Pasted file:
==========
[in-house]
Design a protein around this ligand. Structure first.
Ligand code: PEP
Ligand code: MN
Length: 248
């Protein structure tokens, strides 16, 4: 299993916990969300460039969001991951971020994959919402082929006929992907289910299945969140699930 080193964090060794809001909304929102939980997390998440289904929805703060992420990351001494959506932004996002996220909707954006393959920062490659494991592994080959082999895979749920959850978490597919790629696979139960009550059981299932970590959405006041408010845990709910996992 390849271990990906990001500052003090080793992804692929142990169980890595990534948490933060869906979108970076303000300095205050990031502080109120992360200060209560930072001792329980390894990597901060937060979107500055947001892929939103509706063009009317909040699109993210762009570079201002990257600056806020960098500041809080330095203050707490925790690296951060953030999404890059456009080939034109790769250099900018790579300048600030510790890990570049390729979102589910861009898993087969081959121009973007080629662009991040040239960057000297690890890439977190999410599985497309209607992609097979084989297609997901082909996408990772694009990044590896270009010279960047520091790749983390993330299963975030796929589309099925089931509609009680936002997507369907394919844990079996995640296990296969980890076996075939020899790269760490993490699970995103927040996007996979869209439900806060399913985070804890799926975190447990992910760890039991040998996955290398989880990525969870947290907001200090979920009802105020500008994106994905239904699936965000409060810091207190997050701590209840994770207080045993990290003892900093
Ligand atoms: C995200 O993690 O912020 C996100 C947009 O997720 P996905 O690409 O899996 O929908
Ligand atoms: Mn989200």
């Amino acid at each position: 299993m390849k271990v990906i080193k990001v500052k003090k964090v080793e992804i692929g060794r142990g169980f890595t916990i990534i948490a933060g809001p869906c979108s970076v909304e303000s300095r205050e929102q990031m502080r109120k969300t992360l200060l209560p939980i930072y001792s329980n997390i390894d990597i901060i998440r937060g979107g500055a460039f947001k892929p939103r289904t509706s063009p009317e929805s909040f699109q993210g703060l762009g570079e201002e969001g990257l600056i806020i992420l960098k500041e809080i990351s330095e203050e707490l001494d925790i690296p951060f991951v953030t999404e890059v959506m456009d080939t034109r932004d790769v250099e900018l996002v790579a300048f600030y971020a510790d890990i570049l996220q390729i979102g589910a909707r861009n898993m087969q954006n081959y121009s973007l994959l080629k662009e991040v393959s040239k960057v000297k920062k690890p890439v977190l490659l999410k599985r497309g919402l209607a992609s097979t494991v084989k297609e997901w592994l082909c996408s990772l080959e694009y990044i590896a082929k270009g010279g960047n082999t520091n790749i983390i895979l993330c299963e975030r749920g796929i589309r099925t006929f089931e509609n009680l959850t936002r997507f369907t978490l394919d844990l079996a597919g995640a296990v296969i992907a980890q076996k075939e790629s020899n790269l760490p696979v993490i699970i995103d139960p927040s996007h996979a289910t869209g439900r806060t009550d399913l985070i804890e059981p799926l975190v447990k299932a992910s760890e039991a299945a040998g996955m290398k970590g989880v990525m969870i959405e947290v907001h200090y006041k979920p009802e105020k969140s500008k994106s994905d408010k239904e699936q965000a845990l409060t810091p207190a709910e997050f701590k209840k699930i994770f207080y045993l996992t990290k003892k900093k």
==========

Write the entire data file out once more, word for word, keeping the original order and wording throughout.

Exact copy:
[in-house]
Design a protein around this ligand. Structure first.
Ligand code: PEP
Ligand code: MN
Length: 248
């Protein structure tokens, strides 16, 4: 299993916990969300460039969001991951971020994959919402082929006929992907289910299945969140699930 080193964090060794809001909304929102939980997390998440289904929805703060992420990351001494959506932004996002996220909707954006393959920062490659494991592994080959082999895979749920959850978490597919790629696979139960009550059981299932970590959405006041408010845990709910996992 390849271990990906990001500052003090080793992804692929142990169980890595990534948490933060869906979108970076303000300095205050990031502080109120992360200060209560930072001792329980390894990597901060937060979107500055947001892929939103509706063009009317909040699109993210762009570079201002990257600056806020960098500041809080330095203050707490925790690296951060953030999404890059456009080939034109790769250099900018790579300048600030510790890990570049390729979102589910861009898993087969081959121009973007080629662009991040040239960057000297690890890439977190999410599985497309209607992609097979084989297609997901082909996408990772694009990044590896270009010279960047520091790749983390993330299963975030796929589309099925089931509609009680936002997507369907394919844990079996995640296990296969980890076996075939020899790269760490993490699970995103927040996007996979869209439900806060399913985070804890799926975190447990992910760890039991040998996955290398989880990525969870947290907001200090979920009802105020500008994106994905239904699936965000409060810091207190997050701590209840994770207080045993990290003892900093
Ligand atoms: C995200 O993690 O912020 C996100 C947009 O997720 P996905 O690409 O899996 O929908
Ligand atoms: Mn989200």
């Amino acid at each position: 299993m390849k271990v990906i080193k990001v500052k003090k964090v080793e992804i692929g060794r142990g169980f890595t916990i990534i948490a933060g809001p869906c979108s970076v909304e303000s300095r205050e929102q990031m502080r109120k969300t992360l200060l209560p939980i930072y001792s329980n997390i390894d990597i901060i998440r937060g979107g500055a460039f947001k892929p939103r289904t509706s063009p009317e929805s909040f699109q993210g703060l762009g570079e201002e969001g990257l600056i806020i992420l960098k500041e809080i990351s330095e203050e707490l001494d925790i690296p951060f991951v953030t999404e890059v959506m456009d080939t034109r932004d790769v250099e900018l996002v790579a300048f600030y971020a510790d890990i570049l996220q390729i979102g589910a909707r861009n898993m087969q954006n081959y121009s973007l994959l080629k662009e991040v393959s040239k960057v000297k920062k690890p890439v977190l490659l999410k599985r497309g919402l209607a992609s097979t494991v084989k297609e997901w592994l082909c996408s990772l080959e694009y990044i590896a082929k270009g010279g960047n082999t520091n790749i983390i895979l993330c299963e975030r749920g796929i589309r099925t006929f089931e509609n009680l959850t936002r997507f369907t978490l394919d844990l079996a597919g995640a296990v296969i992907a980890q076996k075939e790629s020899n790269l760490p696979v993490i699970i995103d139960p927040s996007h996979a289910t869209g439900r806060t009550d399913l985070i804890e059981p799926l975190v447990k299932a992910s760890e039991a299945a040998g996955m290398k970590g989880v990525m969870i959405e947290v907001h200090y006041k979920p009802e105020k969140s500008k994106s994905d408010k239904e699936q965000a845990l409060t810091p207190a709910e997050f701590k209840k699930i994770f207080y045993l996992t990290k003892k900093k």